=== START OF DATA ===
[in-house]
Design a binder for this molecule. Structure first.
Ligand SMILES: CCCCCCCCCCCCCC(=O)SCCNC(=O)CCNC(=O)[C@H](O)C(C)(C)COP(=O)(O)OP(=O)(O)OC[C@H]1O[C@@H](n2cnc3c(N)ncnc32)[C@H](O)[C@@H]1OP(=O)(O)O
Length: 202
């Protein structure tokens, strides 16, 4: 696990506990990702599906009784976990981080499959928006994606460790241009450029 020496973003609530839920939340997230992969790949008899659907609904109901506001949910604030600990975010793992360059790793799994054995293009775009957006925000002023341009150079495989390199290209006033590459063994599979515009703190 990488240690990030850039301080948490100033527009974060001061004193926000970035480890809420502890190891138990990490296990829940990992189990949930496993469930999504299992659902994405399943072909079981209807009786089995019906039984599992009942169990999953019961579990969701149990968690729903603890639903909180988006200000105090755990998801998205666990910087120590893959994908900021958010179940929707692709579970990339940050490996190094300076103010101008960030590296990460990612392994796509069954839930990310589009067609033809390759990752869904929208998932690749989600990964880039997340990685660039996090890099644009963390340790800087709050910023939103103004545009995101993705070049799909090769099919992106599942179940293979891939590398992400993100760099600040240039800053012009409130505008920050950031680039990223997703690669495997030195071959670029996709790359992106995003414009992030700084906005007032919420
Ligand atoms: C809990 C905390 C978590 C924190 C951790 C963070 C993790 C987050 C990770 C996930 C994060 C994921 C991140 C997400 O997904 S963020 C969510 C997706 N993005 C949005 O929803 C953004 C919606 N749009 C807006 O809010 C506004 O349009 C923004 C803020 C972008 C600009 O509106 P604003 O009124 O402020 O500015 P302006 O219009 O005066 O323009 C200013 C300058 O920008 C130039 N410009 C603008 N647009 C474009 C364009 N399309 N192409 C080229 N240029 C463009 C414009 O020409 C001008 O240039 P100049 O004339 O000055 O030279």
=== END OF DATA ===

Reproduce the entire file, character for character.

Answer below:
[in-house]
Design a binder for this molecule. Structure first.
Ligand SMILES: CCCCCCCCCCCCCC(=O)SCCNC(=O)CCNC(=O)[C@H](O)C(C)(C)COP(=O)(O)OP(=O)(O)OC[C@H]1O[C@@H](n2cnc3c(N)ncnc32)[C@H](O)[C@@H]1OP(=O)(O)O
Length: 202
């Protein structure tokens, strides 16, 4: 696990506990990702599906009784976990981080499959928006994606460790241009450029 020496973003609530839920939340997230992969790949008899659907609904109901506001949910604030600990975010793992360059790793799994054995293009775009957006925000002023341009150079495989390199290209006033590459063994599979515009703190 990488240690990030850039301080948490100033527009974060001061004193926000970035480890809420502890190891138990990490296990829940990992189990949930496993469930999504299992659902994405399943072909079981209807009786089995019906039984599992009942169990999953019961579990969701149990968690729903603890639903909180988006200000105090755990998801998205666990910087120590893959994908900021958010179940929707692709579970990339940050490996190094300076103010101008960030590296990460990612392994796509069954839930990310589009067609033809390759990752869904929208998932690749989600990964880039997340990685660039996090890099644009963390340790800087709050910023939103103004545009995101993705070049799909090769099919992106599942179940293979891939590398992400993100760099600040240039800053012009409130505008920050950031680039990223997703690669495997030195071959670029996709790359992106995003414009992030700084906005007032919420
Ligand atoms: C809990 C905390 C978590 C924190 C951790 C963070 C993790 C987050 C990770 C996930 C994060 C994921 C991140 C997400 O997904 S963020 C969510 C997706 N993005 C949005 O929803 C953004 C919606 N749009 C807006 O809010 C506004 O349009 C923004 C803020 C972008 C600009 O509106 P604003 O009124 O402020 O500015 P302006 O219009 O005066 O323009 C200013 C300058 O920008 C130039 N410009 C603008 N647009 C474009 C364009 N399309 N192409 C080229 N240029 C463009 C414009 O020409 C001008 O240039 P100049 O004339 O000055 O030279």